Top 9 Trends in Local Music From 2012

Well, 2012 was fun, eh? We paid almost nothing for our music (but argued about it a lot), finally saw Metallica play Golden Gate Park, and went to more raves than ever before. But before we say goodbye to the Year of Skrillex, the spring where critics bloviated endlessly about Lana Del Rey, and the fall where Taylor Swift proved that you can in fact still sell a million records in a week, let's look back at some of the biggest trends in music — local and otherwise — of 2012.

9. Company-themed concerts
Some of the most noteworthy shows in S.F. these days aren't put together by promoters or clubs, but companies — tech firms, clothing and lifestyle brands, and, of course, liquor makers. Some are free, like the Myspace-presented Z-Trip and Switch show at Mighty in October. Many are private, like the megabash Oracle threw on Treasure Island where Pearl Jam's Eddie Vedder sang onstage with Kings of Leon. Some are huge, like the Intel- and Vice-sponsored Creator's Project festival in March. And a few sound promising, only to turn out lame: Rdio got Tanlines and Twin Shadow on the same invite-only bill at The Independent in June, but the crowd was too busy talking business to bother dancing.

8. Broad recognition for the bay
There were a ton of Bay Area artists in the national spotlight this year. Apart from the attention-grabbing activities of Green Day and Metallica, we saw feature stories on local rocker Ty Segall in Pitchfork and SPIN; TV personality Carson Daly hanging with garage-psych deans Thee Oh Sees at SXSW; critical praise for the work of rappers like E-40, Antwon, DaVinci, and Too $hort; and worldwide attention given to local artists as different as High on Fire and Two Gallants, among many others.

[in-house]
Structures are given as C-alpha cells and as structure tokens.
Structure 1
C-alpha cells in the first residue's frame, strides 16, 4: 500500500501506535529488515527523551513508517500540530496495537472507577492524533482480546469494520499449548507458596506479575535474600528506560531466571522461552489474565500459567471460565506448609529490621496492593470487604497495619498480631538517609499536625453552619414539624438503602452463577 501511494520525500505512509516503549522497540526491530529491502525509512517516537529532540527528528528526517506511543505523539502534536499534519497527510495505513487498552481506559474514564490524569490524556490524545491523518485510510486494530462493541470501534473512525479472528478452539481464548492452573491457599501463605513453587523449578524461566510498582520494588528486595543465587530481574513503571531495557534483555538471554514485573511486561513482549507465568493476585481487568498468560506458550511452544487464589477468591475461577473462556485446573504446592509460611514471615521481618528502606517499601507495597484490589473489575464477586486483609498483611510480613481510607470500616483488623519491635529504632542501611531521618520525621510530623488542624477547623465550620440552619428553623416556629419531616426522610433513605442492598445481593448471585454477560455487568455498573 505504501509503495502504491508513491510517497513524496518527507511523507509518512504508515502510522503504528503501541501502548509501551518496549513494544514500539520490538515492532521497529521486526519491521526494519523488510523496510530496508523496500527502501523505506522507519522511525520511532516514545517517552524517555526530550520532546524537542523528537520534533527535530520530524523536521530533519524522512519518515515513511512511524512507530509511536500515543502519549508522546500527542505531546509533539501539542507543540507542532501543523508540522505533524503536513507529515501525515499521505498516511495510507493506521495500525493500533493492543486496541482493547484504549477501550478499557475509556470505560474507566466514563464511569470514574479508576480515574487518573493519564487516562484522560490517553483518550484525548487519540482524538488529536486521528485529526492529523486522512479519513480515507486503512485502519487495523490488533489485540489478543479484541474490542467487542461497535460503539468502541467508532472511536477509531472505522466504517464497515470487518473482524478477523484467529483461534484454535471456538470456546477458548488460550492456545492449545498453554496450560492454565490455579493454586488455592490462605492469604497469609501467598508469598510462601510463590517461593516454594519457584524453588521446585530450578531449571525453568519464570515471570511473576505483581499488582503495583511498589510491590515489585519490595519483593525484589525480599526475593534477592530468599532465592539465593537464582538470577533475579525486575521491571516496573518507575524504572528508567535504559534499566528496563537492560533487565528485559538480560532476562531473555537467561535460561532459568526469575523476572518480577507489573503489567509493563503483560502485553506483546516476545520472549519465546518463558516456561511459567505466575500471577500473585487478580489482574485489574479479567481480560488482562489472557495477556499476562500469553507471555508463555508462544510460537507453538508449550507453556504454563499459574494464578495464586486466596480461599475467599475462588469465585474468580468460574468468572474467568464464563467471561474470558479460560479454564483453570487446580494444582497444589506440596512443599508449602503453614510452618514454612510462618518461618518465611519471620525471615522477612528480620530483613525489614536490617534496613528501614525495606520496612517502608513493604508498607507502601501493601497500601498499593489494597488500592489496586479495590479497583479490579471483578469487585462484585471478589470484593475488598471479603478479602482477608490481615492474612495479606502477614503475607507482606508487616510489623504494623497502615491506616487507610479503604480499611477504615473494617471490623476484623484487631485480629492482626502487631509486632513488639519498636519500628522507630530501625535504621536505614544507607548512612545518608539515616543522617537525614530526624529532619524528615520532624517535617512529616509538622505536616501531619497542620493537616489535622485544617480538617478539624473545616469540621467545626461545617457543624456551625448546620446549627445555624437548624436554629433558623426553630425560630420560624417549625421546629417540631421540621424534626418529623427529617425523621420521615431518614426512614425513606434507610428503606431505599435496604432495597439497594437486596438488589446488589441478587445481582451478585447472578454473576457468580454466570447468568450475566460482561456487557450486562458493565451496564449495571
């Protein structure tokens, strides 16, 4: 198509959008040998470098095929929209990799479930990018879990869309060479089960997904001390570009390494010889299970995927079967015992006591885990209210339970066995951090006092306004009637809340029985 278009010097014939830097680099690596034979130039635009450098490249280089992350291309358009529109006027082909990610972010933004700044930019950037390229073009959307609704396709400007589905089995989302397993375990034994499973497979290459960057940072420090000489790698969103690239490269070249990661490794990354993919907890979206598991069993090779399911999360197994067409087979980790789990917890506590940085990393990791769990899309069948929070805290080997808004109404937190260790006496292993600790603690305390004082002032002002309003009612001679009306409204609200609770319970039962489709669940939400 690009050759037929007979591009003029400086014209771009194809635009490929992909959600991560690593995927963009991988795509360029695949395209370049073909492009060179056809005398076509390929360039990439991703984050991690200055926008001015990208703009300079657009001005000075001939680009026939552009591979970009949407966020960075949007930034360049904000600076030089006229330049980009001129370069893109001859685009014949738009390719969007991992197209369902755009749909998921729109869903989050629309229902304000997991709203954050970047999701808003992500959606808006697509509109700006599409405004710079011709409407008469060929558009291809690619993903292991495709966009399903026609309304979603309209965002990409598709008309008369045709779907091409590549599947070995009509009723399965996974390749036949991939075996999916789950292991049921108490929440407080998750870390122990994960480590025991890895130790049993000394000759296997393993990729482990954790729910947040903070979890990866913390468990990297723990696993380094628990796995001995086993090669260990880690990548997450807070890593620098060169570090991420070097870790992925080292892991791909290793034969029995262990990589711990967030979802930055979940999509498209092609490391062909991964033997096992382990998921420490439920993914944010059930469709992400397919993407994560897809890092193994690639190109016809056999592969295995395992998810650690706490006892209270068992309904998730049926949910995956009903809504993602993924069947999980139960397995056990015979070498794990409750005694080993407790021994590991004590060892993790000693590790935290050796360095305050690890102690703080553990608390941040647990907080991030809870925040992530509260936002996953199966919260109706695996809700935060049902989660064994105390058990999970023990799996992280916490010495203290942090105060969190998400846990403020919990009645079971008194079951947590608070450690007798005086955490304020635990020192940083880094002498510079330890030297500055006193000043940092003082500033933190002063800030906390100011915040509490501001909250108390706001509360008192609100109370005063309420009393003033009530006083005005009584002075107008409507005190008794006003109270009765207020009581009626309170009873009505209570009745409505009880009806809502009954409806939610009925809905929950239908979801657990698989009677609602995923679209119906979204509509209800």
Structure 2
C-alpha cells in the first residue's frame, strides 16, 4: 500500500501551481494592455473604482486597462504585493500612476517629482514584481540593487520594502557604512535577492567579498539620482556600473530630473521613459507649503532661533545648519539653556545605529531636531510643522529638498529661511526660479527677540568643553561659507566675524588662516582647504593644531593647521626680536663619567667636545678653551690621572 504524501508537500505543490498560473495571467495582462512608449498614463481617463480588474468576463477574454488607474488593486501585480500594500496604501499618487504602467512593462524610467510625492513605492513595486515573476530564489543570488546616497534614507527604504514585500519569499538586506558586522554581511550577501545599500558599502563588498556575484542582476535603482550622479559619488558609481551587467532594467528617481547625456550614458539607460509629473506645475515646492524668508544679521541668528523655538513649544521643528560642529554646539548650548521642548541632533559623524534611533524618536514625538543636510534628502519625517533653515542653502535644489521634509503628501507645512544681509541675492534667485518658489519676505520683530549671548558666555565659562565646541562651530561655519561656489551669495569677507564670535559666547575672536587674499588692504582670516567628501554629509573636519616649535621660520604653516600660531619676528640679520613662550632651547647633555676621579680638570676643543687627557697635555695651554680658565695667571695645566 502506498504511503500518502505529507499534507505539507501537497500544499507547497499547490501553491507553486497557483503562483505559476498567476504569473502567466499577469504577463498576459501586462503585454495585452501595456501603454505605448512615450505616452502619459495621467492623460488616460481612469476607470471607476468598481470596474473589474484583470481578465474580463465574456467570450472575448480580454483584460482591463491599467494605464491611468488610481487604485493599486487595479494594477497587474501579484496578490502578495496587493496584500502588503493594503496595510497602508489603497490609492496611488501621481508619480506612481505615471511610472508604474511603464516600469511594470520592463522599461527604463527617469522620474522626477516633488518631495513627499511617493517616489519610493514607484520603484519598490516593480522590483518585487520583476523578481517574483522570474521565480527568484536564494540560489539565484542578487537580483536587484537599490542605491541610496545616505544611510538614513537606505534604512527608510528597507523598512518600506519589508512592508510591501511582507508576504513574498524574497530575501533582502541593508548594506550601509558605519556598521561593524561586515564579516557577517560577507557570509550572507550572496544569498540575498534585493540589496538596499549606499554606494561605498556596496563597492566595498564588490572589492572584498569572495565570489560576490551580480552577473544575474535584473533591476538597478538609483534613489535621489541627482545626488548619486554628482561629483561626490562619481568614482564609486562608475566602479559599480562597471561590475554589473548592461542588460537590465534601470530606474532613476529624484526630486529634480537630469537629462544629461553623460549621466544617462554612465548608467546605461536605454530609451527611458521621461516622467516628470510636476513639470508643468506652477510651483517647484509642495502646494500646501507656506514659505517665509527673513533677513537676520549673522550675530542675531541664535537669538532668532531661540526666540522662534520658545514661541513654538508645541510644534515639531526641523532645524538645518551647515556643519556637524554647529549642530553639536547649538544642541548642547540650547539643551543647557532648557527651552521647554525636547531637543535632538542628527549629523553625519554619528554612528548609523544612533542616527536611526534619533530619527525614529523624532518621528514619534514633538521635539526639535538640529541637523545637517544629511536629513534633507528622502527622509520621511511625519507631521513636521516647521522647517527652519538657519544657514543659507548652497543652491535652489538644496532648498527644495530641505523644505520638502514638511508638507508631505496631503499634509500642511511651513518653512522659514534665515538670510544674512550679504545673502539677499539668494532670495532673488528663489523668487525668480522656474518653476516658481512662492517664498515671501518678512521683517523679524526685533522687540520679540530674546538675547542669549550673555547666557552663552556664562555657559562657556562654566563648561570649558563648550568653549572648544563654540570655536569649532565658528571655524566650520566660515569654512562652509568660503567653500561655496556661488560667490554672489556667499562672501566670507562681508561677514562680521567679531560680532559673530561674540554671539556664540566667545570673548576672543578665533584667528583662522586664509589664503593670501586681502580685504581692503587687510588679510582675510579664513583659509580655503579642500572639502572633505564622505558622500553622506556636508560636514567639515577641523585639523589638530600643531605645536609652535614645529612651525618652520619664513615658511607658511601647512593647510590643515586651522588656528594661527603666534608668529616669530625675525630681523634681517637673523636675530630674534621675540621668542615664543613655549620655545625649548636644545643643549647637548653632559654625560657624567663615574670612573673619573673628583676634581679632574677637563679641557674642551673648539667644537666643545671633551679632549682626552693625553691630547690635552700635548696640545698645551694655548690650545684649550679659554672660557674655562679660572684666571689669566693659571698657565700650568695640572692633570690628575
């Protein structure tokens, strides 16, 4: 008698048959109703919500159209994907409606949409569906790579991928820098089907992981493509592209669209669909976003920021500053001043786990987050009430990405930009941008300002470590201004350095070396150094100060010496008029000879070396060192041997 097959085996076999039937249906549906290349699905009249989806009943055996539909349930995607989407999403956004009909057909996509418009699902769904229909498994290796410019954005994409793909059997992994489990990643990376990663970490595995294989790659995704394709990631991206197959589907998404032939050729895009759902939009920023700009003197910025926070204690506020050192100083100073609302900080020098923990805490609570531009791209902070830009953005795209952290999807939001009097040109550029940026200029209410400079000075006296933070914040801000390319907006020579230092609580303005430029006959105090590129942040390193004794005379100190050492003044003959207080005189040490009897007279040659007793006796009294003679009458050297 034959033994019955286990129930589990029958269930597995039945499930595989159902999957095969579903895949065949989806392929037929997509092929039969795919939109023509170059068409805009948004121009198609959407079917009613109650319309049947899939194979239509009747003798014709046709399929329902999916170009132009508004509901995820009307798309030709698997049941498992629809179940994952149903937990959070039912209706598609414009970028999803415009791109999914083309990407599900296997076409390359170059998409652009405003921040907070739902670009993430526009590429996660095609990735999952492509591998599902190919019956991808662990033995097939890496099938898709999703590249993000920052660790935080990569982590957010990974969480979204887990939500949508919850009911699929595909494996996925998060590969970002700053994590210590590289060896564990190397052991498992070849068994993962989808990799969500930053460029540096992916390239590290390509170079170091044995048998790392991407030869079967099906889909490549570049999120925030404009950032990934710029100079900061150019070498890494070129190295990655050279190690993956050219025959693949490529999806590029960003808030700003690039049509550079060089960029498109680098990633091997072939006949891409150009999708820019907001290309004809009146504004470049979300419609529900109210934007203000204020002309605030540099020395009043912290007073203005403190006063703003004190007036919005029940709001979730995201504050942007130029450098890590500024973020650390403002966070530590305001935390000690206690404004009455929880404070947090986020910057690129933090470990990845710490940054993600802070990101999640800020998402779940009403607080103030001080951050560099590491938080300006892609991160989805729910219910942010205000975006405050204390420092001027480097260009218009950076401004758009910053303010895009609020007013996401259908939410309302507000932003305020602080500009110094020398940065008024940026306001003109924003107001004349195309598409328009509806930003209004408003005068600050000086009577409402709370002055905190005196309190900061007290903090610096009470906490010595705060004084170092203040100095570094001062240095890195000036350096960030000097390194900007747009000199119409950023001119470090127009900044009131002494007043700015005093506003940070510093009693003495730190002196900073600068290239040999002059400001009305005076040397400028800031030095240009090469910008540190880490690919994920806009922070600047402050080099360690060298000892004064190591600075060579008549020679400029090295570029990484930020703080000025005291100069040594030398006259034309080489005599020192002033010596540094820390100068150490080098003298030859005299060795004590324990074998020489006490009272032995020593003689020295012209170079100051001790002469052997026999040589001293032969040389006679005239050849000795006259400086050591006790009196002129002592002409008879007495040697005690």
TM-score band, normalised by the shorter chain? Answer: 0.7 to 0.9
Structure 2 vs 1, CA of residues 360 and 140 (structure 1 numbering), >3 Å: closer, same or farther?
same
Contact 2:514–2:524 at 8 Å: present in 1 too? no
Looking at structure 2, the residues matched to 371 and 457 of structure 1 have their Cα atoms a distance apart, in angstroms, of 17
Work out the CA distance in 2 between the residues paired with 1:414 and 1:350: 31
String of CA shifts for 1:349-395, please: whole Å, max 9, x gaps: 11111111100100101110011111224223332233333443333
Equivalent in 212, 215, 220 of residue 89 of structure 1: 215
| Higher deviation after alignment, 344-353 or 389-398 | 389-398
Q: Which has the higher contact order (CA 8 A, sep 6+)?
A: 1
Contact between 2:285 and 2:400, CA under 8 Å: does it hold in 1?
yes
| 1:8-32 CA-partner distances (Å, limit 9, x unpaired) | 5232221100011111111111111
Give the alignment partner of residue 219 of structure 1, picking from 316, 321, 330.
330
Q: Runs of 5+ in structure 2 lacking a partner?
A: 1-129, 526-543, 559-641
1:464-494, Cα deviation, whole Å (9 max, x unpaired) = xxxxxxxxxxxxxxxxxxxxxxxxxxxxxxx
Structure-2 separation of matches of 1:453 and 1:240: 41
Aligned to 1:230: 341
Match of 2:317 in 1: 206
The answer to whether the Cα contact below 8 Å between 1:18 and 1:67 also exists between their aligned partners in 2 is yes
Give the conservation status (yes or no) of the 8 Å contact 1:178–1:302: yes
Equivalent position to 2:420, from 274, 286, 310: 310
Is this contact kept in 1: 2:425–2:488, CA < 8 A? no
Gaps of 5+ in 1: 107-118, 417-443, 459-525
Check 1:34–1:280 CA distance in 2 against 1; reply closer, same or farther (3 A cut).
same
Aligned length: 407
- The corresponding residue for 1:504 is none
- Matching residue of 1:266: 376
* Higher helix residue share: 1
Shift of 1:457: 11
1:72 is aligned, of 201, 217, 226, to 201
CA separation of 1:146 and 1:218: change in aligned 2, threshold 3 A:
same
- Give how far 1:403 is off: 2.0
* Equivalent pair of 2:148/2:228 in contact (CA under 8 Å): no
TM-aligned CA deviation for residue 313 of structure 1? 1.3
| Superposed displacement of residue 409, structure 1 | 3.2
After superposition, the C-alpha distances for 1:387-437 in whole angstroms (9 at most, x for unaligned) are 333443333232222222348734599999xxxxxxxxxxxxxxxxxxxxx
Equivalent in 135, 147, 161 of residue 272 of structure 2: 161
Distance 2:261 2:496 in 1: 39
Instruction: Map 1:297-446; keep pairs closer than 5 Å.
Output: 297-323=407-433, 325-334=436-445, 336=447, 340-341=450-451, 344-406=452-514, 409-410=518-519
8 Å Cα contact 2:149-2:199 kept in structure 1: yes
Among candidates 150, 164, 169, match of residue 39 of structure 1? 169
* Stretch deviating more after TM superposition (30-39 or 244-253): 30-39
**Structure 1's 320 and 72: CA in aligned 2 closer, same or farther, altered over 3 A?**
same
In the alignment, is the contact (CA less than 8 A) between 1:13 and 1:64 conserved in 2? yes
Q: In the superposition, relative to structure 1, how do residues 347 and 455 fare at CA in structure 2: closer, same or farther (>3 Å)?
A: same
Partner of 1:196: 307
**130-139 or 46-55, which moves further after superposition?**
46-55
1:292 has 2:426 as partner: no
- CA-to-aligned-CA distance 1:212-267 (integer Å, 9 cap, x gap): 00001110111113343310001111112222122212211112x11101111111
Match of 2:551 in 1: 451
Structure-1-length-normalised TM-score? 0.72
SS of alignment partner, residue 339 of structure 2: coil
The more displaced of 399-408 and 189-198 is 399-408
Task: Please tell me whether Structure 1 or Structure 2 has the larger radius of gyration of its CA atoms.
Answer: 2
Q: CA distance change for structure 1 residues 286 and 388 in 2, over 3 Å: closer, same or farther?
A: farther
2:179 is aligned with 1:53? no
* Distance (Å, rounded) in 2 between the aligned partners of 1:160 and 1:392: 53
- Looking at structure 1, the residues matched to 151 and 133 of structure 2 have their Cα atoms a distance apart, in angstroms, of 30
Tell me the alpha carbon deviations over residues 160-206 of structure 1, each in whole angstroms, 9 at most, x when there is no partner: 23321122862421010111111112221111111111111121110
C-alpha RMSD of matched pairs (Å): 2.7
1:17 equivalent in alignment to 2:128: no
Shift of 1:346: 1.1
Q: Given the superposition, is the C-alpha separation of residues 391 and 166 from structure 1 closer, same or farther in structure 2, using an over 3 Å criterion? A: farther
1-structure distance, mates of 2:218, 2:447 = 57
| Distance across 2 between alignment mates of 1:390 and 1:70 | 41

Skrillex at Outside Lands: Thanks, Sonny Moore, for 12 months of inspiring endless thinkpieces and handwringing over the rise (and fall?) of dubstep.
Christopher Victorio
Skrillex at Outside Lands: Thanks, Sonny Moore, for 12 months of inspiring endless thinkpieces and handwringing over the rise (and fall?) of dubstep.

7. Whole-album shows
Effusive nostalgia among rock fans is nothing new — and neither is the full-album live show. But the trend expanded this year, with artists like Bob Mould and the Flaming Lips getting on board for Noise Pop. We saw more classic-album concerts from David Bazan (performing Pedro the Lion's Control), Evan Dando (performing the Lemonheads' It's a Shame About Ray), and Roger Waters doing a pretty life-changing live performance of The Wall. It's not just for old albums, either: Former Girls frontman Christopher Owens performed his new solo record live months before its release.

6. Stupid adjective of the year: "relevant"
What the fuck does "relevant" mean in the music world at the end of 2012? It means that you're talking about what everyone else is talking about. And its rise comes out of the same herd instincts that lead to music critics building a dull consensus around the same five or so "best" albums of the year. So forget being "relevant," and be interesting instead. You might get more retweets.

5. Internet artists who also make music